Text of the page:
Kenneth Nicholson's third menswear collection comes at a peculiar moment in the American zeitgeist. His spring/summer 2017 lookbook of tweed tunics and denim flares, debuting exclusively here on VICE, stands in stark contrast to the hyper-masculine, aggressive culture that currently has a chokehold on the nation. Nicholson is one of a few talented, young menswear designers who are redefining how the Western man is expected to dress. With gender-neutral silhouettes and elaborate finishes like velvet buttons and ruffled trim, his clothes blur the boundaries between classic menswear tailoring and the elegant flourishes found in high-end womenswear.
"I don't want to be forceful about it. I'm aware that I can't just jolt people," the designer says to me over the phone from his Los Angeles studio. "There's a story—people have to come along. I start off from a point of familiarity, where people can recognize certain elements, but then also see how some of it might be challenging conventional menswear." The tunic, for example, has been a constant in each of his three collections: first in linen last spring, then in velvet brocade for fall 2016, and now sleeveless and denim. While Nicholson's precise tailoring is typical of menswear, the tunic's hip-length hem is less traditional—at least on this side of the world. "I spent a little bit of time in Afghanistan, so I was introduced to their common ways of dress," Nicholson says. The Texas native, who graduated from the Academy of Art College in San Francisco, worked abroad after four years in the Navy. "To see the notion of movement in their clothing as a culture, and to see it on the men, was inspiring."
The rigidity in design and function of modern menswear is part of Nicholson's frustration with the current options available for guys. "In womenswear, they're allowed to experience the romance of just a simple movement of walking down the street," he says, noting the differences in silhouettes and fabrics that allow for greater physical self-expression between the genders. "Men don't really have that option. I want my clothes to allow men to engage in an emotional way when it comes to the way they dress and how they self-present."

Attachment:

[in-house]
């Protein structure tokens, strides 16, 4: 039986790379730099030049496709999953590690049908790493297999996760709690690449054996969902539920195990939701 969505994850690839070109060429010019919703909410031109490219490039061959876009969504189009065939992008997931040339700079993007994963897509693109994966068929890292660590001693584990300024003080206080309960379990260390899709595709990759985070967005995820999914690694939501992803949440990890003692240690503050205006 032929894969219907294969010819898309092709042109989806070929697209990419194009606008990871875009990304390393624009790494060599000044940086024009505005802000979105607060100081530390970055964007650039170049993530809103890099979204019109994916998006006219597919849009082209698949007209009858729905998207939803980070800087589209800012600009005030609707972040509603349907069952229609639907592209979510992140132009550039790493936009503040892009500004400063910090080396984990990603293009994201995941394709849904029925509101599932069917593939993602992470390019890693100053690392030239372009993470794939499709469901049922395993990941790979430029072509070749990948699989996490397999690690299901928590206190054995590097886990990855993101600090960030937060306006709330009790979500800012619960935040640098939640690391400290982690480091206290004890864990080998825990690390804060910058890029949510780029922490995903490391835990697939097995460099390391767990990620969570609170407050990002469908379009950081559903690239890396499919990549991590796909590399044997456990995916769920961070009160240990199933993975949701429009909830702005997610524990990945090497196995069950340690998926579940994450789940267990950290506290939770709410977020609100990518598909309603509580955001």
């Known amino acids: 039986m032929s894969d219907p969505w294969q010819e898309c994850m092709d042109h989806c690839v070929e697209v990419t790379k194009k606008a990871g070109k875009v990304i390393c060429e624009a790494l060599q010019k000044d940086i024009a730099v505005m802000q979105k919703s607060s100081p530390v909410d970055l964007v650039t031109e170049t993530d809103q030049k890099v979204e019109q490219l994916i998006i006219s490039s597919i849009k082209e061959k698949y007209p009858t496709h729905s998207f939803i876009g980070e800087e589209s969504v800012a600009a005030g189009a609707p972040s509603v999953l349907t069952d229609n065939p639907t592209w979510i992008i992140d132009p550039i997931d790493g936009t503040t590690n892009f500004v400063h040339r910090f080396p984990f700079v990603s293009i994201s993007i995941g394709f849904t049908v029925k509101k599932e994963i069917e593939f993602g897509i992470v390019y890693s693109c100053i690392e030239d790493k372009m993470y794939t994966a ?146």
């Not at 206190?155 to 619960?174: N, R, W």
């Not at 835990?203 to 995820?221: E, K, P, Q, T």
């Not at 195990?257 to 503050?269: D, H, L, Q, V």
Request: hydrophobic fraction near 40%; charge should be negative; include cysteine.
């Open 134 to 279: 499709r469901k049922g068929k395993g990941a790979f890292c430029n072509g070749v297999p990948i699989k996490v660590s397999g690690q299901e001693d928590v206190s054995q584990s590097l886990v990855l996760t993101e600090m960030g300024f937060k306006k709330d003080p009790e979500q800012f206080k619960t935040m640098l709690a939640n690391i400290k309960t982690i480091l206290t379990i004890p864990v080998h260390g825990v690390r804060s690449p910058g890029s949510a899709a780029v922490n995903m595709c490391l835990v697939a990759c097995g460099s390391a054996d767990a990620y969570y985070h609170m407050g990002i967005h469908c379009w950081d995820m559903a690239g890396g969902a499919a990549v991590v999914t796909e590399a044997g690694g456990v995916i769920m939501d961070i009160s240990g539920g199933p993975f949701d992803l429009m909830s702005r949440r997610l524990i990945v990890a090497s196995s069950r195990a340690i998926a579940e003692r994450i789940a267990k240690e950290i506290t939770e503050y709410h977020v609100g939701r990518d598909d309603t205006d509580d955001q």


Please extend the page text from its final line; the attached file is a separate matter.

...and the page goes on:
Nicholson's aesthetic is deferential to the 1970s, when even the hardest guy wore bell bottoms and a flamboyant button down. Though these are sartorial qualities we'd consider more feminine today, consider Richard Roundtree or Prince, who proved that there's something about the swing of a wide-legged pant hem or the gentle folds of a tucked-in waist that can heighten a man's swag, sex appeal and sense of self. Pulling off these softer silhouettes today requires a similar gutsiness, says Nicholson. He cites Young Thug as an example. "I'm really inspired by what he's doing with his fashion choices," he says. "I think his bravado and his vibe fit that bold fashion choice."
Still, Nicholson realizes that everyone is not an androgynous, superstar rapper. So he is gingerly nudging fashion-forward men awake, challenging them to take back their sartorial independence in a culture that lamely celebrates sameness. Kenneth Nicholson's plaid linen dress shirt isn't necessarily radical—it's versatile enough to be worn with just about anything. But when its paired with Nicholson's denim maritime swishers, it's elevated into a look that would make people turn heads. "When people dress and make those deliberate sartorial options, they're doing it because they're finding joy in it," he says. "In a political climate like this, joy is essential. And I think that is the revolution: to dare to be joyous in the face of adversity."
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